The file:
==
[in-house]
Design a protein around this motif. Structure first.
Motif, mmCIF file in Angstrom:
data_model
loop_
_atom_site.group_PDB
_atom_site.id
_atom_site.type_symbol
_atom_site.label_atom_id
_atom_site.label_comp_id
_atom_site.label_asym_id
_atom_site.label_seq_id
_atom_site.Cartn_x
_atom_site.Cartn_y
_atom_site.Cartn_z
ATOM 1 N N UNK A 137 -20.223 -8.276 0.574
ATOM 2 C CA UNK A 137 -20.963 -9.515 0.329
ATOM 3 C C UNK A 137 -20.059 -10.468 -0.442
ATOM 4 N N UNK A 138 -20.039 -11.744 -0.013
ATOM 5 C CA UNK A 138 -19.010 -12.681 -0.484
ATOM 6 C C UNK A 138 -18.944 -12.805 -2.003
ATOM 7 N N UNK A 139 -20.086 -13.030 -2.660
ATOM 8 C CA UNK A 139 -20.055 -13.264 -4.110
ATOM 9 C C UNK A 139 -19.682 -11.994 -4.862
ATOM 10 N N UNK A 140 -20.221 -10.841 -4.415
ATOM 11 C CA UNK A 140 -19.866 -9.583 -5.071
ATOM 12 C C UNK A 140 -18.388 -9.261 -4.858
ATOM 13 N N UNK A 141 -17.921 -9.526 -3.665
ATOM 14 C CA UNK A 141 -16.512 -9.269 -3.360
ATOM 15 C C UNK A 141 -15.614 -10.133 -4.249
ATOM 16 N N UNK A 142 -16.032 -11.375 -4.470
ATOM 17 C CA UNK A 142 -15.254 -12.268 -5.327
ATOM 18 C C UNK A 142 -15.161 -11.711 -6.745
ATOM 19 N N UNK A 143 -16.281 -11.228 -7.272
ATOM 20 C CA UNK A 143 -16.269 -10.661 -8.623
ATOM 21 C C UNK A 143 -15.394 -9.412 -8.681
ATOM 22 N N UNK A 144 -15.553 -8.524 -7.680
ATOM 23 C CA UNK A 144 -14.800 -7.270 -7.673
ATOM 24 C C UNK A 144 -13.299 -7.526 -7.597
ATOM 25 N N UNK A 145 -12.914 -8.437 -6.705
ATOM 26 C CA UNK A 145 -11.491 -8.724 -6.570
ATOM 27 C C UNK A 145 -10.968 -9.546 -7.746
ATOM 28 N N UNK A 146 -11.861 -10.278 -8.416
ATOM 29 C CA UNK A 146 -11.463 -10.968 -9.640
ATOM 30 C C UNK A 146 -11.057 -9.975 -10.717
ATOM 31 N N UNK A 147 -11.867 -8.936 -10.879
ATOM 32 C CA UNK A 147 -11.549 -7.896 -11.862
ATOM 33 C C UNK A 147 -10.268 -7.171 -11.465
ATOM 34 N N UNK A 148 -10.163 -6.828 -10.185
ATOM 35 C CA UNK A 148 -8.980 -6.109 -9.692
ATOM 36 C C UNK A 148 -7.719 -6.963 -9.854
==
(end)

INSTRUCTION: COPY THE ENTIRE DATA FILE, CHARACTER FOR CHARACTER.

[in-house]
Design a protein around this motif. Structure first.
Motif, mmCIF file in Angstrom:
data_model
loop_
_atom_site.group_PDB
_atom_site.id
_atom_site.type_symbol
_atom_site.label_atom_id
_atom_site.label_comp_id
_atom_site.label_asym_id
_atom_site.label_seq_id
_atom_site.Cartn_x
_atom_site.Cartn_y
_atom_site.Cartn_z
ATOM 1 N N UNK A 137 -20.223 -8.276 0.574
ATOM 2 C CA UNK A 137 -20.963 -9.515 0.329
ATOM 3 C C UNK A 137 -20.059 -10.468 -0.442
ATOM 4 N N UNK A 138 -20.039 -11.744 -0.013
ATOM 5 C CA UNK A 138 -19.010 -12.681 -0.484
ATOM 6 C C UNK A 138 -18.944 -12.805 -2.003
ATOM 7 N N UNK A 139 -20.086 -13.030 -2.660
ATOM 8 C CA UNK A 139 -20.055 -13.264 -4.110
ATOM 9 C C UNK A 139 -19.682 -11.994 -4.862
ATOM 10 N N UNK A 140 -20.221 -10.841 -4.415
ATOM 11 C CA UNK A 140 -19.866 -9.583 -5.071
ATOM 12 C C UNK A 140 -18.388 -9.261 -4.858
ATOM 13 N N UNK A 141 -17.921 -9.526 -3.665
ATOM 14 C CA UNK A 141 -16.512 -9.269 -3.360
ATOM 15 C C UNK A 141 -15.614 -10.133 -4.249
ATOM 16 N N UNK A 142 -16.032 -11.375 -4.470
ATOM 17 C CA UNK A 142 -15.254 -12.268 -5.327
ATOM 18 C C UNK A 142 -15.161 -11.711 -6.745
ATOM 19 N N UNK A 143 -16.281 -11.228 -7.272
ATOM 20 C CA UNK A 143 -16.269 -10.661 -8.623
ATOM 21 C C UNK A 143 -15.394 -9.412 -8.681
ATOM 22 N N UNK A 144 -15.553 -8.524 -7.680
ATOM 23 C CA UNK A 144 -14.800 -7.270 -7.673
ATOM 24 C C UNK A 144 -13.299 -7.526 -7.597
ATOM 25 N N UNK A 145 -12.914 -8.437 -6.705
ATOM 26 C CA UNK A 145 -11.491 -8.724 -6.570
ATOM 27 C C UNK A 145 -10.968 -9.546 -7.746
ATOM 28 N N UNK A 146 -11.861 -10.278 -8.416
ATOM 29 C CA UNK A 146 -11.463 -10.968 -9.640
ATOM 30 C C UNK A 146 -11.057 -9.975 -10.717
ATOM 31 N N UNK A 147 -11.867 -8.936 -10.879
ATOM 32 C CA UNK A 147 -11.549 -7.896 -11.862
ATOM 33 C C UNK A 147 -10.268 -7.171 -11.465
ATOM 34 N N UNK A 148 -10.163 -6.828 -10.185
ATOM 35 C CA UNK A 148 -8.980 -6.109 -9.692
ATOM 36 C C UNK A 148 -7.719 -6.963 -9.854